COLUMNS: Small Okanagan town has modern value added industry

A January 2014 article in the Logging and Sawmilling Journal describes how a value added company started out over 50 years ago.

A January 2014 article in the Logging and Sawmilling Journal describes how a value added company  started out over 50 years ago producing glu-lam products.

After being taken over by a Vancouver  based company in 2007 Structurelam added the Cross Laminated Timber (CLT) technology.

This company is located in the small town of Okanagan Falls in the B.C. Interior.

A recent 2013 purchase was a $1.5 million computer controlled panel cutting robot that cuts and drills CLT panels.

These  wood panels up to 12 metres long, three metres wide and 350 millimetres thick  are made of three to nine layers of finger jointed wood (usually two by six) with each layer alternating 90 degrees.

Polyurethane glue is applied between layers and the panel is then pressed for 90 minutes.

The panel then pass through the robot which cuts, drills and notches to within one millimetre accuracy.

CLT panels were originally developed in Switzerland in the 1990s and have a number of good features but one of the main attributes is that while it is comparable in strength to concrete, it is six times lighter.

The lighter panels mean reduced costs in foundations as well as superior insulating qualities and finishes compared to concrete walls.

Transportation costs are less, a variety of wood products can be used and the construction time is considerably less than the traditional steel concrete because the walls are closer to a finished product when erected.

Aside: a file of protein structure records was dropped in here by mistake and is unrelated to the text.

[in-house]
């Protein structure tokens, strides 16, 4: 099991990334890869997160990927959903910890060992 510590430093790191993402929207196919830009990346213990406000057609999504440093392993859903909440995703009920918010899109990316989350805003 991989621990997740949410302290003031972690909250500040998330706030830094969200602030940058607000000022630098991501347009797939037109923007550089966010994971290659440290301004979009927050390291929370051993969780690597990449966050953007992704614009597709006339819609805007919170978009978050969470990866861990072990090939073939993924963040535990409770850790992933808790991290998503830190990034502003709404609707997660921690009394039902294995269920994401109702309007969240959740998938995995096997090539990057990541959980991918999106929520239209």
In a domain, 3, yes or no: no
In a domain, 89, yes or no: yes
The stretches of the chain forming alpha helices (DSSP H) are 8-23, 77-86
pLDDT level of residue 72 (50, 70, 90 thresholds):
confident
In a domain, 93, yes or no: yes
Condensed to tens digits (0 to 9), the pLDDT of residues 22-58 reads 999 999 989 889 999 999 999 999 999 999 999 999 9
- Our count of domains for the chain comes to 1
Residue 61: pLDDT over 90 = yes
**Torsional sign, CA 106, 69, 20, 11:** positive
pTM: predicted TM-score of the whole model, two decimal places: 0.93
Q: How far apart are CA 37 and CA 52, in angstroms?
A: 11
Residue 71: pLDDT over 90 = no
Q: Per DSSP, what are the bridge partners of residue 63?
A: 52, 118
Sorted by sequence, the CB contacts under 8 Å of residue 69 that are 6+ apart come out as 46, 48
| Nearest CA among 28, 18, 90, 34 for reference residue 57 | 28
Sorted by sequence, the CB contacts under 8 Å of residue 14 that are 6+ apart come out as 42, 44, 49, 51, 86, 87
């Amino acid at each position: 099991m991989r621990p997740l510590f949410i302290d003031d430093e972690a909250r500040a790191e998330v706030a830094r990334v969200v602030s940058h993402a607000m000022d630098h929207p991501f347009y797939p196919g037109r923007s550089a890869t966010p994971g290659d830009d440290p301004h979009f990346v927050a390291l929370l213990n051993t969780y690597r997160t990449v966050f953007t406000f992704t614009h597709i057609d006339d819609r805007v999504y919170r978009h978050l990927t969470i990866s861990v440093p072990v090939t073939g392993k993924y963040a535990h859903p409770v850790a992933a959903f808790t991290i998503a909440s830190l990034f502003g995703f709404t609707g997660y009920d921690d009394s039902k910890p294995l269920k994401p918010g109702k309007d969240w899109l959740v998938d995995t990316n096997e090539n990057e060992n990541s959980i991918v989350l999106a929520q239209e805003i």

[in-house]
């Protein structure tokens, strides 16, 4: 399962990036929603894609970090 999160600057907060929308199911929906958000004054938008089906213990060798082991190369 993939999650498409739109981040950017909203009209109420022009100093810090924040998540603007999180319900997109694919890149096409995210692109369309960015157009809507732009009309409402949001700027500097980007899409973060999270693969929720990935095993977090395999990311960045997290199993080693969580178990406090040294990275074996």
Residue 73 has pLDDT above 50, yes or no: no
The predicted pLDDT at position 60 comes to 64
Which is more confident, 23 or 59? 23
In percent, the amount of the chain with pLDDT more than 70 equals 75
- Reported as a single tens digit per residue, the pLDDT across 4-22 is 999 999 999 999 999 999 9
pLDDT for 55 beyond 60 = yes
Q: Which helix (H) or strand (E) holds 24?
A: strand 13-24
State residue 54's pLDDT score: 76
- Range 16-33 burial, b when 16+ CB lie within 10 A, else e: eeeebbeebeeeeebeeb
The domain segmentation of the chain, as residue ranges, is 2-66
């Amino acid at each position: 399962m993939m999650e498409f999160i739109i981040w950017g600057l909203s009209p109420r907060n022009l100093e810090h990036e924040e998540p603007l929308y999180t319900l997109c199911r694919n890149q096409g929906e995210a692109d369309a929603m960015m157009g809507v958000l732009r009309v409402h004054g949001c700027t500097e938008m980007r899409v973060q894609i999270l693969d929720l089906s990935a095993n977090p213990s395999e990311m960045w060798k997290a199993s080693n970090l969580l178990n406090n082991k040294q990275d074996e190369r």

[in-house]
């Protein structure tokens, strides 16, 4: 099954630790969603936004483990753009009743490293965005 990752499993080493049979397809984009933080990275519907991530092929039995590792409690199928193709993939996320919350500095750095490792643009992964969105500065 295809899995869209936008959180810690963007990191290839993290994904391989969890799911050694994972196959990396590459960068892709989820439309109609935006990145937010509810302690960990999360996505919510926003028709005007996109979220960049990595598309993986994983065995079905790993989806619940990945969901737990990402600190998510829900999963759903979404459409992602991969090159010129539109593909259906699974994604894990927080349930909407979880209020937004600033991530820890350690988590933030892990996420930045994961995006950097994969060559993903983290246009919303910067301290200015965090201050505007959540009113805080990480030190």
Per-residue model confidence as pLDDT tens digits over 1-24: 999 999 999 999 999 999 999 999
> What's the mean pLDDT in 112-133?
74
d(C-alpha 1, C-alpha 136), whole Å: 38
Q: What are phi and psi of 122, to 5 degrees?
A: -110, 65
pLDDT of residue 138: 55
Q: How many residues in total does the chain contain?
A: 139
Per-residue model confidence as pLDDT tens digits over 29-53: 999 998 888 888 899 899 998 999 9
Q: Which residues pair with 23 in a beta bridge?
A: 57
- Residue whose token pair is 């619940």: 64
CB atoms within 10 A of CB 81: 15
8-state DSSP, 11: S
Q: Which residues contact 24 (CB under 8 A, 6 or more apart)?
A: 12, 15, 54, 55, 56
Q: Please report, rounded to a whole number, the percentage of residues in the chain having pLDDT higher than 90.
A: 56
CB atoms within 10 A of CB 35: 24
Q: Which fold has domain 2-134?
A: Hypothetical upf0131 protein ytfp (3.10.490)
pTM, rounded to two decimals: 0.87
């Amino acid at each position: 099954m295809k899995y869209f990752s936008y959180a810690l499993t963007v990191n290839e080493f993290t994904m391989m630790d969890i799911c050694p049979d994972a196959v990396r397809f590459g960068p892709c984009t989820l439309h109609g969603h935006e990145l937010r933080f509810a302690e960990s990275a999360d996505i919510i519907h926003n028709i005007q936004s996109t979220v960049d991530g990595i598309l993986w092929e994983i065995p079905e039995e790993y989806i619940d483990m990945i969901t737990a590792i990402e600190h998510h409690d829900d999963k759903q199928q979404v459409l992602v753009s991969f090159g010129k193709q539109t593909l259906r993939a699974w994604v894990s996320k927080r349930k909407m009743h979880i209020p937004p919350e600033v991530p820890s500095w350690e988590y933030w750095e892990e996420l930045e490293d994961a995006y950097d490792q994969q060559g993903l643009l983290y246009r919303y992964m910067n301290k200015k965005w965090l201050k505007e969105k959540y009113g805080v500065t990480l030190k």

These new products can be used for residential home construction but the main use will be multi-storey buildings that were normally built from steel and concrete.

Conventional wood construction was limited to four stories.

With the new CLT panels and changes to the building codes, some impressive wooded high rise buildings have been possible.

For example the $25 million six story building in Prince George. The newest will be the 18 storey UBC Brock Commons student housing building opening in 2017.

This will be the tallest wood structure building in the world when completed.

Other products include industrial matting used for roads, platforms or bases for rigs, cranes or other industrial applications which must operate on rough, unstable or sensitive soil conditions.

These mats are superior to traditional products that were nailed or bolted together.

The transition into wood based high rise buildings has not been easy as the steel and concrete industries which dominated the large buildings tried to limit the market by restricting wood structures through government regulations.

After considerable research, development and testing, it was proven that glue laminated wood products were not only equal to the traditional concrete products but in many was exceeding them.

With competition from wood based high rises the traditional concrete based contractors must be more cost competitive  resulting in better prices and more options for consumers.

The challenge for communities like ours is to find similar value added industries and associated markets that can utilize the changing wood fibre profile.

In the case described above it was a company that was experienced in producing glue laminated products and adding a new product like CLTs.

Jim Hilton is a professional agrologist and forester who has lived and worked in the Cariboo Chilcotin for the past 40 years. Now retired, Hilton still volunteers his skills with local community forests organizations.

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